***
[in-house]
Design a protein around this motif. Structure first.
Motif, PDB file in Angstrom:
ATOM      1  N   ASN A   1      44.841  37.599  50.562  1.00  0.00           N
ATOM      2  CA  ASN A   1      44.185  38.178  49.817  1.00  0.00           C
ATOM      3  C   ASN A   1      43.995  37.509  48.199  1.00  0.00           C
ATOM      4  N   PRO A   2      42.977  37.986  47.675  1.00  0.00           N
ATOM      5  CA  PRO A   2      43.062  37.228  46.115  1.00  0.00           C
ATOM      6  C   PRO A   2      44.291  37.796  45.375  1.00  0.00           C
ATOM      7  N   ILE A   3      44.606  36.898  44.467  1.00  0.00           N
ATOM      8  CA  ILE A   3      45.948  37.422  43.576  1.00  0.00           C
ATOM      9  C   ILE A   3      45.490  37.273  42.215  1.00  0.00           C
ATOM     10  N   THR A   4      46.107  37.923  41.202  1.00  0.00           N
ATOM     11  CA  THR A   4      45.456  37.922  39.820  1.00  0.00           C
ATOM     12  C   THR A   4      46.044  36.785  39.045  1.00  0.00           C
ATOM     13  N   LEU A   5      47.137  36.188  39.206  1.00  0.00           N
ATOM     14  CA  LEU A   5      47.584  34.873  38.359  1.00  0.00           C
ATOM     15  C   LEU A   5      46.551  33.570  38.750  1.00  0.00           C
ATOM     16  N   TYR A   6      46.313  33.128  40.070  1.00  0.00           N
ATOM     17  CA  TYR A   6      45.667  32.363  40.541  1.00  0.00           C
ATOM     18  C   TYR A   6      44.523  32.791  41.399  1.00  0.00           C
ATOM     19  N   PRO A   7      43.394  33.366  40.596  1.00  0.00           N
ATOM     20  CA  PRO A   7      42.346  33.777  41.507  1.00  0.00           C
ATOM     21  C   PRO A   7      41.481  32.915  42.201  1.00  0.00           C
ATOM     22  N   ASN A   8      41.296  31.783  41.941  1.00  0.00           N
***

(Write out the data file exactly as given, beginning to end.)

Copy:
[in-house]
Design a protein around this motif. Structure first.
Motif, PDB file in Angstrom:
ATOM      1  N   ASN A   1      44.841  37.599  50.562  1.00  0.00           N
ATOM      2  CA  ASN A   1      44.185  38.178  49.817  1.00  0.00           C
ATOM      3  C   ASN A   1      43.995  37.509  48.199  1.00  0.00           C
ATOM      4  N   PRO A   2      42.977  37.986  47.675  1.00  0.00           N
ATOM      5  CA  PRO A   2      43.062  37.228  46.115  1.00  0.00           C
ATOM      6  C   PRO A   2      44.291  37.796  45.375  1.00  0.00           C
ATOM      7  N   ILE A   3      44.606  36.898  44.467  1.00  0.00           N
ATOM      8  CA  ILE A   3      45.948  37.422  43.576  1.00  0.00           C
ATOM      9  C   ILE A   3      45.490  37.273  42.215  1.00  0.00           C
ATOM     10  N   THR A   4      46.107  37.923  41.202  1.00  0.00           N
ATOM     11  CA  THR A   4      45.456  37.922  39.820  1.00  0.00           C
ATOM     12  C   THR A   4      46.044  36.785  39.045  1.00  0.00           C
ATOM     13  N   LEU A   5      47.137  36.188  39.206  1.00  0.00           N
ATOM     14  CA  LEU A   5      47.584  34.873  38.359  1.00  0.00           C
ATOM     15  C   LEU A   5      46.551  33.570  38.750  1.00  0.00           C
ATOM     16  N   TYR A   6      46.313  33.128  40.070  1.00  0.00           N
ATOM     17  CA  TYR A   6      45.667  32.363  40.541  1.00  0.00           C
ATOM     18  C   TYR A   6      44.523  32.791  41.399  1.00  0.00           C
ATOM     19  N   PRO A   7      43.394  33.366  40.596  1.00  0.00           N
ATOM     20  CA  PRO A   7      42.346  33.777  41.507  1.00  0.00           C
ATOM     21  C   PRO A   7      41.481  32.915  42.201  1.00  0.00           C
ATOM     22  N   ASN A   8      41.296  31.783  41.941  1.00  0.00           N